Vic and Judy Redekop – British Columbia
By David SchmidtFeatures Producers Profiles Poultry Production Production
Witness to change
Vic had the job of delivering feed to his family’s broiler and turkey farm, and that’s how he met his wife Judy, who used to skip school and accompany him.
Aldergrove, B.C., turkey and chicken grower Vic Redekop has seen a lot of changes in his 60 years – watching the B.C. poultry industry progress from a relative free-for-all in the 1960s to a more disciplined, yet still casual, supply managed system in the 1980s and 1990s to today’s more business-like structure with its heavy emphasis on biosecurity.
He has had a hand in some of those changes, serving on the B.C. Chicken Growers Association for many years in the 1970s, 80s and 90s, including many years as vice-president and “2 or 3” as president, bracketed around a three-year term as a director of the B.C. Chicken Marketing Board, and, for the past three years, as a director of the B.C. Turkey Marketing Board (BCTMB).
In that he is following in the footsteps of his father, Peter P. Redekop, who helped to create the BCTMB in the mid-1960s.
Redekop got his start “picking eggs” on his father’s egg farm.
“I hated layers with a passion as a kid,” he recalls. “Every Saturday and Sunday, I’d have to pick eggs in the afternoon while my friends would be out playing and having a good time.”
As a result, he promised himself to never have laying hens, a promise he has kept.
His father also had a few cattle, usually with bad temperaments. “They would get out and that would be a horror for us.”
That led him to also promise himself to never have cattle, a promise he has not kept. But instead of buying the “worst” cattle as his father would, he has become an active member of the West Coast Hereford Club, spending the past decade establishing a select herd of purebred Polled Hereford cows.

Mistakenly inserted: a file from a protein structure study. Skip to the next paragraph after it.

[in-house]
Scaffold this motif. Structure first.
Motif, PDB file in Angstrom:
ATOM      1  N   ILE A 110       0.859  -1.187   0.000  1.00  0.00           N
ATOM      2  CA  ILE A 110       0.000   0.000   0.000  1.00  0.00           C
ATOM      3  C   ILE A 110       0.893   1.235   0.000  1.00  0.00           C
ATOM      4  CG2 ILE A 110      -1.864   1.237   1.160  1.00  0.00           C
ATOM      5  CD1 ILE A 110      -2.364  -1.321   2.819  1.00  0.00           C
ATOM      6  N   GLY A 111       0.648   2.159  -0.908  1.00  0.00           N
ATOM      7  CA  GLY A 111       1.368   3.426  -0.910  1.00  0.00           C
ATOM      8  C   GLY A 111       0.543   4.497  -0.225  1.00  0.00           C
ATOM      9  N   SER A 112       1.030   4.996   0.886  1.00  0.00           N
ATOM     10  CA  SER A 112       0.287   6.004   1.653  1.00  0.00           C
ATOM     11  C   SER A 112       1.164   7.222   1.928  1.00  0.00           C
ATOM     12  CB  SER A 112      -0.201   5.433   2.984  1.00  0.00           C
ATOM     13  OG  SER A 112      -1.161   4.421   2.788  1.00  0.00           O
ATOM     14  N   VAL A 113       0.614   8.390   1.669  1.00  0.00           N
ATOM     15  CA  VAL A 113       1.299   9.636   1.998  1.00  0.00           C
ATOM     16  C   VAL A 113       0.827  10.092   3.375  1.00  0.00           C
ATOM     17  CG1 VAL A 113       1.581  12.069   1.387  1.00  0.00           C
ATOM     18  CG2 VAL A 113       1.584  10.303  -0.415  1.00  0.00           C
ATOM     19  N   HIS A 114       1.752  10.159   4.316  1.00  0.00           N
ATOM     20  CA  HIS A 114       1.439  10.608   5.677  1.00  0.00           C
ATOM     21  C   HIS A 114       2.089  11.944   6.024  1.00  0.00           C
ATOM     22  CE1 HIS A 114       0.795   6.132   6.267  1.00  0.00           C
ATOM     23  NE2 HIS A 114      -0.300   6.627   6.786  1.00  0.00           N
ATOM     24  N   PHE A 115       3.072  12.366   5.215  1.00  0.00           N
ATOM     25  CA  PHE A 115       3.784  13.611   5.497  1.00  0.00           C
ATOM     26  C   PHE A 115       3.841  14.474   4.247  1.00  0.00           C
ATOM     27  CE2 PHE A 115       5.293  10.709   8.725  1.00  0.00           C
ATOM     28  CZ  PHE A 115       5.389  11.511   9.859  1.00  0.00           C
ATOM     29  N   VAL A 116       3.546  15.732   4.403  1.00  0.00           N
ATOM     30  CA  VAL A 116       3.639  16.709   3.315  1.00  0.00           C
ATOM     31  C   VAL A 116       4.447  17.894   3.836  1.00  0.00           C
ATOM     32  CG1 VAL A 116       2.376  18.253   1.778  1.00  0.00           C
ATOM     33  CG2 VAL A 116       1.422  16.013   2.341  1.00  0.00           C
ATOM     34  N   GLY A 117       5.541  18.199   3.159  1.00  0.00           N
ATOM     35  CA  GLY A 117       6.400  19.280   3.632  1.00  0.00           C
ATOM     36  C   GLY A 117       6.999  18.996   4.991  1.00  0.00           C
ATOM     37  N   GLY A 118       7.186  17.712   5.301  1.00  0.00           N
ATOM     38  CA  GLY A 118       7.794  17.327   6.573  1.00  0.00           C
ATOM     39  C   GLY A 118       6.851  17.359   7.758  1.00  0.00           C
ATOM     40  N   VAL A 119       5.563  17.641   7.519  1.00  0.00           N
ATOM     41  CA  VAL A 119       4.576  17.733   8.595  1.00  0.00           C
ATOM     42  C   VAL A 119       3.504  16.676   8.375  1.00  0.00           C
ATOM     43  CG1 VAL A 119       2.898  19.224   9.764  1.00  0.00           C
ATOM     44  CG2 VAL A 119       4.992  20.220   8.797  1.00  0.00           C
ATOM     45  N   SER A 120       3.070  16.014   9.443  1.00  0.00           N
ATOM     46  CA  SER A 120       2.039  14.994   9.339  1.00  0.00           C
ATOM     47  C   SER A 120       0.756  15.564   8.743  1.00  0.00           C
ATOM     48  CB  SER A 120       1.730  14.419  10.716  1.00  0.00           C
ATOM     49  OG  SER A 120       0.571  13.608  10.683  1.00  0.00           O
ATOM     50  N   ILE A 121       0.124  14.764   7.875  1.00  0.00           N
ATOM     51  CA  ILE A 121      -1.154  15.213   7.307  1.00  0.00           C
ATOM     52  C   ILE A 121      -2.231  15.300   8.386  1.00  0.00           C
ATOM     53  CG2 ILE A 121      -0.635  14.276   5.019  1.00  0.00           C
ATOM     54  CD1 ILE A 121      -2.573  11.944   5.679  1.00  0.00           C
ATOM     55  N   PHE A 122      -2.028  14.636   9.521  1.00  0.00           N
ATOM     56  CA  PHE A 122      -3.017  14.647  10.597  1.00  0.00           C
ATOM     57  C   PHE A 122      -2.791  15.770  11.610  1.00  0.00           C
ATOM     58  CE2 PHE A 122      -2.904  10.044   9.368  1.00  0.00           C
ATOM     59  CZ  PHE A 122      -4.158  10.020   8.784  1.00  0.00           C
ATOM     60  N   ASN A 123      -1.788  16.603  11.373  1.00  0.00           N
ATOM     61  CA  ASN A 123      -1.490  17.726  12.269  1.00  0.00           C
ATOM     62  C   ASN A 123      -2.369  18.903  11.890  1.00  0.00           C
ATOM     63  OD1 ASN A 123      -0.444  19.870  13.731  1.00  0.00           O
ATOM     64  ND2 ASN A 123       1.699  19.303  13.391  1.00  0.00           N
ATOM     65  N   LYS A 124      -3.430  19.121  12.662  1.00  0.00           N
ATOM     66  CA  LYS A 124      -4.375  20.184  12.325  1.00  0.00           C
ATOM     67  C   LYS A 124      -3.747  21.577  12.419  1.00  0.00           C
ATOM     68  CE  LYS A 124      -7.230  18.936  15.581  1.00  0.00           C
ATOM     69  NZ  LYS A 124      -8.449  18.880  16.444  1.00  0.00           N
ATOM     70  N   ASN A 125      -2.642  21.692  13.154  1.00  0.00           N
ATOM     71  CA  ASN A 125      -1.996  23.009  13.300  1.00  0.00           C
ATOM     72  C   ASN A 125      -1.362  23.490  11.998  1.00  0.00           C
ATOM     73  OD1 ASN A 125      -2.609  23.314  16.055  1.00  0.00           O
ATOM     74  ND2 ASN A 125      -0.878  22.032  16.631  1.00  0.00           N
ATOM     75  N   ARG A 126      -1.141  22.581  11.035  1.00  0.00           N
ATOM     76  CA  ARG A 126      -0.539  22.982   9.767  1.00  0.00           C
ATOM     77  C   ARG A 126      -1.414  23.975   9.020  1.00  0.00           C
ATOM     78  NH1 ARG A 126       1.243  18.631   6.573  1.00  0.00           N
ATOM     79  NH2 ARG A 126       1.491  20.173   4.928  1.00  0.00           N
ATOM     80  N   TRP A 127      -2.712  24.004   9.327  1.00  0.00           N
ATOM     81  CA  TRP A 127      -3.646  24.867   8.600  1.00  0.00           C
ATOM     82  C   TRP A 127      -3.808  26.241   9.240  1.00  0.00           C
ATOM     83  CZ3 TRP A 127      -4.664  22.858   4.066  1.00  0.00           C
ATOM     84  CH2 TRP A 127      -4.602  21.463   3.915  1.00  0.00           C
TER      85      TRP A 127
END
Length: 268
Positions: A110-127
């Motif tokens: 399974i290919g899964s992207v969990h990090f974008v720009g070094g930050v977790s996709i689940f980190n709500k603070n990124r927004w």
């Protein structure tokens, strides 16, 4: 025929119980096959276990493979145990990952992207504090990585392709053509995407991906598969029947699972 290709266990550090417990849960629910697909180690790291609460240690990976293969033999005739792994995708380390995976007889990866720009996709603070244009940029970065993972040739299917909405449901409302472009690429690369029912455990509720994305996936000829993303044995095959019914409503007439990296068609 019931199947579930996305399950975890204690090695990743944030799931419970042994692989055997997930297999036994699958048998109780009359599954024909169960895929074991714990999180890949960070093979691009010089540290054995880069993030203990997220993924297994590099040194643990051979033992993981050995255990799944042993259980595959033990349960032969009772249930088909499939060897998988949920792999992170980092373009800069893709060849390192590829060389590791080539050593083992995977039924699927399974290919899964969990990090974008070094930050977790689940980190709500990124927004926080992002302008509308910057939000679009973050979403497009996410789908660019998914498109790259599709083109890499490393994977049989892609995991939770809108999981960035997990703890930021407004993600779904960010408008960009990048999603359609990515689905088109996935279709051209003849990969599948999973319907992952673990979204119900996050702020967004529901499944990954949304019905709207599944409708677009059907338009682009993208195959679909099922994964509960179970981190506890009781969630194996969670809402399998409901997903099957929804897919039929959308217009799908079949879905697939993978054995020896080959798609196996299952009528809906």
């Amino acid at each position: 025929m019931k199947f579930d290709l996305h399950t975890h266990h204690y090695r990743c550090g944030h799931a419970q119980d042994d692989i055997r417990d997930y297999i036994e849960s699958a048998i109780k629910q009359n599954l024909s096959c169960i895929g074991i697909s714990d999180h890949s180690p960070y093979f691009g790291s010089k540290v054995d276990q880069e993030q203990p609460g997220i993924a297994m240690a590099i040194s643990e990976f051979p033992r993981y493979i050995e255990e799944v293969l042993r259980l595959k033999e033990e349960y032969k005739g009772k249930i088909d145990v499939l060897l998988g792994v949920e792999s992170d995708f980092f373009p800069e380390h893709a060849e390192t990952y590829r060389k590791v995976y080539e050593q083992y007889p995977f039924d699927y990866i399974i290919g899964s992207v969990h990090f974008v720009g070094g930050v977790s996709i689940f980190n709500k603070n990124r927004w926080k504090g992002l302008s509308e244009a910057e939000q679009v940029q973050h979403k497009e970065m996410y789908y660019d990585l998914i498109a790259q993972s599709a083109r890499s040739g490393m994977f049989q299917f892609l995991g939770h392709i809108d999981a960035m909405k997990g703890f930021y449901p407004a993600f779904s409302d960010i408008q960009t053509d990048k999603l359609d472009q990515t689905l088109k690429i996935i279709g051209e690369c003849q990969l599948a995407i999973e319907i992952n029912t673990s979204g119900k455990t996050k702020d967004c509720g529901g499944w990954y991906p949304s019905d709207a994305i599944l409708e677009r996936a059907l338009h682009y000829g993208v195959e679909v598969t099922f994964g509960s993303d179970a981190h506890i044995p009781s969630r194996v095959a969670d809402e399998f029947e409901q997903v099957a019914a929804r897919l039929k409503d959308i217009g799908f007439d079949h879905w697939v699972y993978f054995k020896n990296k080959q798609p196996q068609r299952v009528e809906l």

Redekop became more interested in the poultry when his father built a turkey barn. His father and his uncle then bought a large broiler farm in Haney (about an hour’s drive away) and a feed truck and Vic had the job of delivering the feed. It was also when he began courting the girl across the road, Judy.
“I used to skip out of school and jump in the feed truck when Vic would deliver feed,” she recalls.
Vic and Judy got married in 1976 and bought a 10,000 bird broiler quota and a former Panco, B.C., testing farm in 1978. It had four turkey barns that could be arranged to grow chickens during two cycles and turkeys during the third. After his quotas increased and production became more rigid, he added separate broiler barns.
Acquisitions and growth have increased Redekop’s broiler quota to about 85,000 birds and the turkey quota to about 750,000 kilograms, making North Bluff Farms a medium-size operation in both sectors. When his father passed away, Vic’s brothers and sisters got most of the layer and broiler quotas while Vic’s children got their grandfather’s turkey quota, which is now also at about 750,000 kgs.
His turkey production is all hens. They are grown in three cycles/year and shipped at 9 and 13 weeks of age for Hallmark (Pollen Group).